Plenty of shortcomings for Alfa's new diesel. But it retains a proper Italianate character

As concepts go, few things sound more incorrect than a diesel-powered Alfa Romeo. Yet it was Alfa Romeo which ushered in the technology behind most modern turbodiesels when it launched the 156 JTD seven years ago.

Today almost all diesel cars use common-rail systems, where fuel is delivered from a common fuel rail and injected into the cylinders at massive pressure. But now Alfa Romeo, together with parent company Fiat, is pushing through the next generation of common-rail Multijet diesel engines.

The 147 JTD 16v employs this technology: unlike normal common-rail engines, the Multijet squirts several small shots of fuel into the cylinders to promote better combustion.

The original 1.9-litre block is retained but undergoes some serious surgery, gaining four valves per cylinder, an extra camshaft and new intake and exhaust manifolds, while injector pressure rises from 1300 to 1400 bar. The resulting figures – 138bhp at 4000rpm and 225lb ft at 2000rpm – show a useful improvement over the single-cam JTD’s 113bhp and 203lb ft.

That’s more twist than the 247bhp 147 GTA produces; although it’s more relevant to point out that it also out-torques the 184lb ft of the cheaper Ford Focus TDCi and similarly priced Audi A3 1.9TDi.

That’s an advantage that counts on the road and the JTD 16v feels far faster than its 9.1sec 0-60mph time suggests. And unlike VW’s quick but inflexible PD150 Golf, the Alfa isn’t saddled with a powerband the width of a gnat’s G-string.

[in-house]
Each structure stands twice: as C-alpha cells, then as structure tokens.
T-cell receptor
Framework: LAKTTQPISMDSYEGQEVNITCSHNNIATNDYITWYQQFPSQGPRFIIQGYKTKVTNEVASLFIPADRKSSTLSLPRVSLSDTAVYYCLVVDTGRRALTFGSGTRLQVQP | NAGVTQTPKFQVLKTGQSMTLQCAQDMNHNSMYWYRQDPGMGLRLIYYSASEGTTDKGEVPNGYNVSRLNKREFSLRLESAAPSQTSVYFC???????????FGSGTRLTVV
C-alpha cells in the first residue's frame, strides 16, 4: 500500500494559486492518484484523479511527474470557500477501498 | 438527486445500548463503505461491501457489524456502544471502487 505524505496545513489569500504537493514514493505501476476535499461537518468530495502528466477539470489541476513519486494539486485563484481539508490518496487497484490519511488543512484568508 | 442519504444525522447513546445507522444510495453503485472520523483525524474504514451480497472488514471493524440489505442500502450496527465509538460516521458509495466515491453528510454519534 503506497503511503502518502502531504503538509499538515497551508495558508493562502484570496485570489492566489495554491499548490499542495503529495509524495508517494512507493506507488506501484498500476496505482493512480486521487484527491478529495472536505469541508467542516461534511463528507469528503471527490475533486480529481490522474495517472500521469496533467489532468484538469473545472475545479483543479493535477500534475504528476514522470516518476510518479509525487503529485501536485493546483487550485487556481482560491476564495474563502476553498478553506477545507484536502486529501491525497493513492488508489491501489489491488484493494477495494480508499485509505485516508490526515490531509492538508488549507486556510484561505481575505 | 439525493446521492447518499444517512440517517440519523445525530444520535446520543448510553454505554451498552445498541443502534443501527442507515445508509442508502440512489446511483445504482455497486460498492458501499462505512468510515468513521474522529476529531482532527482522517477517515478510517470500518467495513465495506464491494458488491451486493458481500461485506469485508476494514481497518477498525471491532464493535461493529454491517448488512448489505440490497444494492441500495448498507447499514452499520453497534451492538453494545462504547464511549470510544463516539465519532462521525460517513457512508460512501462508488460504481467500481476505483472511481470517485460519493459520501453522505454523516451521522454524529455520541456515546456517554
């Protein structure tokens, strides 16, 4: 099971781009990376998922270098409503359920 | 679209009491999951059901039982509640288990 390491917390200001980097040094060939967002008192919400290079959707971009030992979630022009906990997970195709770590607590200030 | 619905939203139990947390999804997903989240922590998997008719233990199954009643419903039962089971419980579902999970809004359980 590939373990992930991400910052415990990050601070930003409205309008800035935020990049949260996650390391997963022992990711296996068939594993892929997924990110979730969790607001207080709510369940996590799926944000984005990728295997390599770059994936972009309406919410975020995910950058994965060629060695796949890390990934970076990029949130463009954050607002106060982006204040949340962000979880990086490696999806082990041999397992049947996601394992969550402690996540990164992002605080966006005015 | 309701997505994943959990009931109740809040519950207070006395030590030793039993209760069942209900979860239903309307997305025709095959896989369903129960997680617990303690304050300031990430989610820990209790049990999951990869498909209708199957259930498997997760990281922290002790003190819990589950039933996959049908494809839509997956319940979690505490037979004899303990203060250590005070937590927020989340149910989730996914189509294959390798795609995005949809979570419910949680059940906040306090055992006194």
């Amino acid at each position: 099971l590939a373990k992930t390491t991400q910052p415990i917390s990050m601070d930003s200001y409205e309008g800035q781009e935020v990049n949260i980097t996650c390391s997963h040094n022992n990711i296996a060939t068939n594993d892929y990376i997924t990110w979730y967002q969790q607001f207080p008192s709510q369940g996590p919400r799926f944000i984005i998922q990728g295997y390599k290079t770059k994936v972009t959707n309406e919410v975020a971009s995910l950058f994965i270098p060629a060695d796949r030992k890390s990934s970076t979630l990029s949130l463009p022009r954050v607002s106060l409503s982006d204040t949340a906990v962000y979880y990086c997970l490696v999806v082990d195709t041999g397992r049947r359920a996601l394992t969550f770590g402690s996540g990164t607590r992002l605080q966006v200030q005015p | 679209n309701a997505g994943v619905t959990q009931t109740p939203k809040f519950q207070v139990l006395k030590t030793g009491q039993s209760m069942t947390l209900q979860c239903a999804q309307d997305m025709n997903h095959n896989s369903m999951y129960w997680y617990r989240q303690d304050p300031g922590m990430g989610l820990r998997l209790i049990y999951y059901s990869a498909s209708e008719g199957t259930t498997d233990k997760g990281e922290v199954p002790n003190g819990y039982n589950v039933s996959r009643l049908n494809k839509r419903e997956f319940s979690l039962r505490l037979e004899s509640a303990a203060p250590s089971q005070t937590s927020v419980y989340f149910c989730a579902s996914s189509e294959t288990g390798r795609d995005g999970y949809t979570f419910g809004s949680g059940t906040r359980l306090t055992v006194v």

There’s usable power at 1500rpm but the revelation is that the real action, which arrives at two grand, is sustained until the red line 2000rpm later. It stays smooth and refined too.

Modern diesels can be fun but they still need to make sense, too. Compared to a petrol 147 the JTD succeeds, achieving 47.9mpg on the combined cycle, although the more basic single-cam JTD is more frugal by 1mpg.

And while the 157g/km of CO2 it produces looks impressive, it doesn’t comply with Euro4 emission regulations so company car tax payers still suffer a three per cent surcharge.

At ordinary speeds it’s only the slightly fidgety ride and quickish but not overly communicative steering that gripe. But step up the pace, as you’ll want to in an Alfa, particularly one with such a sporting engine, and you’re rewarded with deteriorating body control and a mushy-feeling middle pedal.

Torquesteer is mostly kept in check though – at least in the dry – which is no mean feat considering the torque output. We’d keep the 147’s interior too, as it’s one of the finest mainstream cabins anywhere; bursting with Latin character and full of nods to great Italian cars of the past, but a lot more solid.

Casting an eye over those wonderful hooded dials will ease the pain as a Focus TDCi disappears down a twisty B-road.

What the Ford couldn’t hope to do is replicate the Italian’s character – the want-one factor that current Alfas possess and which makes the 147 so desirable in spite of its flaws. It’s why we love the 147 GTA so much when we know that there are better hot hatches available for less cash.

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The £16,170 JTD tugs the same strings as the GTA but costs over £6000 less to buy and costs a fraction of what the GTA will to run.

Chris Chilton

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